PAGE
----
CAdES and Digital Signatures

CAdES is a new standard for advanced digital signature. It was introduced by the European Directive on a community framework for Electronic Signatures, which extends the previous standard, CMS, specifying several additional profiles. The reason for this was the lack in CMS of some important features of extended electronic signature, the most obvious of which is long term validation, that means the ability to prove signature validity after a long period, several years or even decades after it was created.

CAdES specifies additional forms, or profiles, which describe the structure of advanced electronic signature. These profiles are CAdES-T, CAdES-C, CAdES-X-L and CAdES-A. Each following profile adds some properties to the previous one.


What's New in CAdES

The philosophy of CAdES includes the concept of signature policies that can be used to establish technical consistency when validating electronic signatures.

When the signature policy used by the verifier is either explicitly indicated by the signer or is obvioElectronic Signature with Time (CAdES-T)us due to the nature of the data being signed, consistent result can be obtained while validating an electronic signature.

When the signature policy being used by the verifier is neither indicated by the signer nor can be derived from other data, or the signature policy is incomplete, then the verifiers, including arbitrators, may obtain different results when validating an electronic signature. Therefore, comprehensive signature policies that ensure consistency of signature validation are recommended from both, the signers and verifier's point of view.

Thus we have two forms of CMS advanced electronic signature specified in the CAdES standard, namely, the CAdES Basic Electronic Signature (CAdES-BES) and the CAdES Explicit Policy-based Electronic Signature (CAdES-EPES). Conformance to the CAdES standard mandates that the signer creates one of these formats.


A CAdES Basic Electronic Signature (CAdES-BES) contains:

  • The signed user data (e.g., the signers document), as defined in CMS ( RFC 3852 [ 4]);
  • A collection of mandatory signed attributes, as defined in CMS ( RFC 3852 [ 4]) and in ESS ( RFC 2634 [ 5]);
  • Additional mandatory signed attributes, defined later; and
  • The digital signature value computed on the user data and, when present, on the signed attributes, as defined in CMS ( RFC 3852 [ 4]).

CAdES-BES may contain:

  • A collection of additional signed attributes;
  • A collection of optional unsigned attributes.

The mandatory signed attributes are:

  • Content-type. It is defined in RFC 3852 [ 4] and specifies the type of the EncapsulatedContentInfo value being signed.
  • Message-digest. It is defined in RFC 3852 [ 4] and specifies the message digest of the eContent OCTET STRING within encapContentInfo being signed.
  • ESS signing-certificate or ESS signing-certificate-v2. The ESS signing-certificate attribute is defined in Enhanced Security Services (ESS), RFC 2634 [ 5], and only allows for the use of SHA-1 as a digest algorithm. The ESS signing-certificate-v2 attribute is defined in "ESS Update: Adding CertID Algorithm Agility", RFC 5035 [ 15], and allows for the use of any digest algorithm. A CAdES-BES claiming compliance with the standard must include one of them.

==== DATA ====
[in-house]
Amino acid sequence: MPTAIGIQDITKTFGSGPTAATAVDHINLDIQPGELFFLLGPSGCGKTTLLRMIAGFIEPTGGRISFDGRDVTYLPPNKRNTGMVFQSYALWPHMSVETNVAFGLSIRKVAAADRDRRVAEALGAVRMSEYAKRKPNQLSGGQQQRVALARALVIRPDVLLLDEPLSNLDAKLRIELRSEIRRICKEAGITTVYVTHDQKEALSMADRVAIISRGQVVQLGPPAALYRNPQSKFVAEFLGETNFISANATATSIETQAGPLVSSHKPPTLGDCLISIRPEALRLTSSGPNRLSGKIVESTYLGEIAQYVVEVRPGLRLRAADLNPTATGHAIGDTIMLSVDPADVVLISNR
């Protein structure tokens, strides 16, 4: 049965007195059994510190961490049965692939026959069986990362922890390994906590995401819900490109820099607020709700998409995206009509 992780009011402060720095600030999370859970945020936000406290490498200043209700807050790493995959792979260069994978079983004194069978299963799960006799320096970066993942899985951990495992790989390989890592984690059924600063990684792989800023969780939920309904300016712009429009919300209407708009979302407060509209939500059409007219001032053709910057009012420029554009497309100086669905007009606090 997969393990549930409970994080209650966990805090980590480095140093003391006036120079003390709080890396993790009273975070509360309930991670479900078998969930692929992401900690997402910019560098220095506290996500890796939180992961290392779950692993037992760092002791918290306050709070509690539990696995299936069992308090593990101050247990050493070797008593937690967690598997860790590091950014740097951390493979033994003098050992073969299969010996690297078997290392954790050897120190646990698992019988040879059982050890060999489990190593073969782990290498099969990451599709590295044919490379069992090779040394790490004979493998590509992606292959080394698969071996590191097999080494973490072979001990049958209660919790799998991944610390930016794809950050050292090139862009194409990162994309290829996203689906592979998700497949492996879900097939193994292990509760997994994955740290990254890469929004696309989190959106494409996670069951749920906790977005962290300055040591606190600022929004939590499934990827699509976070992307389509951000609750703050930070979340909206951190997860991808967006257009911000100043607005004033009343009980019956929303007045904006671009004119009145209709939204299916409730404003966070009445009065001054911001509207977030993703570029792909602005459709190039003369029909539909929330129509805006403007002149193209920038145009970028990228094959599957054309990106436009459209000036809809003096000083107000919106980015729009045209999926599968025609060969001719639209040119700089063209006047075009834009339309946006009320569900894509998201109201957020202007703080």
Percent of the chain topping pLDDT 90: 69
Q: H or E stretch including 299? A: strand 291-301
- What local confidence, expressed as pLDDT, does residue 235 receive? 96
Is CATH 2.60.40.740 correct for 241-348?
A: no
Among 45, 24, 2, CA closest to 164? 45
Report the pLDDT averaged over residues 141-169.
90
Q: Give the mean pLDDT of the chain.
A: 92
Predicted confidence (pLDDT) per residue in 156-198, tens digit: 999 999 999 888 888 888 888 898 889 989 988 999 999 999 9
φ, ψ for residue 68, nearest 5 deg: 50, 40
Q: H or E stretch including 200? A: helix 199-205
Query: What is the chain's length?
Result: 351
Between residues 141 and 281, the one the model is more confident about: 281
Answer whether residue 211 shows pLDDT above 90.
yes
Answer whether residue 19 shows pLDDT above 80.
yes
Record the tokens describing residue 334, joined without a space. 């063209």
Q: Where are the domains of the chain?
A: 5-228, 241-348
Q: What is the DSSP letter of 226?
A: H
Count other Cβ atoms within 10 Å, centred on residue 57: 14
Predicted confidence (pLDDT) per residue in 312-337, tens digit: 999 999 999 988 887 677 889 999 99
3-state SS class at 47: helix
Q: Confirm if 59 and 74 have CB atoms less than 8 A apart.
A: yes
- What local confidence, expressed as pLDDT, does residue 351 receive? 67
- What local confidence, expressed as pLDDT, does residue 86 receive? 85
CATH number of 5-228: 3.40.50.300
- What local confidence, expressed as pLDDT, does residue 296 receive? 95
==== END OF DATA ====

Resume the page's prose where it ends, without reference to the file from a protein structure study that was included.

Optional signed attributes may be added to the CAdES-BES, including optional signed attributes defined in CMS ( RFC 3852 [ 4]) and ESS ( RFC 2634 [ 5]).

A CAdES-BES form can also incorporate instances of unsigned attributes, as defined in CMS ( RFC 3852 [ 4]) and ESS ( RFC 2634 [ 5]), specifically:

  • CounterSignature, as defined in CMS ( RFC 3852 [ 4]); it can be incorporated wherever embedded signatures (i.e., a signature on a previous signature) are needed.

Follow this illustration of the CAdES-BES structure.

  1.  +------Elect.Signature (CAdES-BES)------+
  2.  |+----------------------------------- + |
  3.  ||+---------+ +----------+            | |
  4. &nbsp;|||Signer<span class="comment">'s | | &nbsp;Signed &nbsp;| &nbsp;Digital &nbsp; | |</span>
  5. &nbsp;|||Document | |Attributes| Signature &nbsp;| |
  6. &nbsp;||| &nbsp; &nbsp; &nbsp; &nbsp; | | &nbsp; &nbsp; &nbsp; &nbsp; &nbsp;| &nbsp; &nbsp; &nbsp; &nbsp; &nbsp; &nbsp;| |
  7. &nbsp;||+---------+ +----------+ &nbsp; &nbsp; &nbsp; &nbsp; &nbsp; &nbsp;| |
  8. &nbsp;|+------------------------------------+ |
  9. &nbsp;+---------------------------------------+

NOTE: The CAdES-BES is the minimum format for an electronic signature to be generated by the signer. On its own, it does not provide enough information to be verified in the longer term.

The CAdES-BES satisfies the legal requirements for electronic signatures, as defined in the European Directive on Electronic Signatures. It provides basic authentication and integrity protection. The semantics of the signed data of a CAdES-BES or its context, may implicitly indicate a signature policy to the verifier.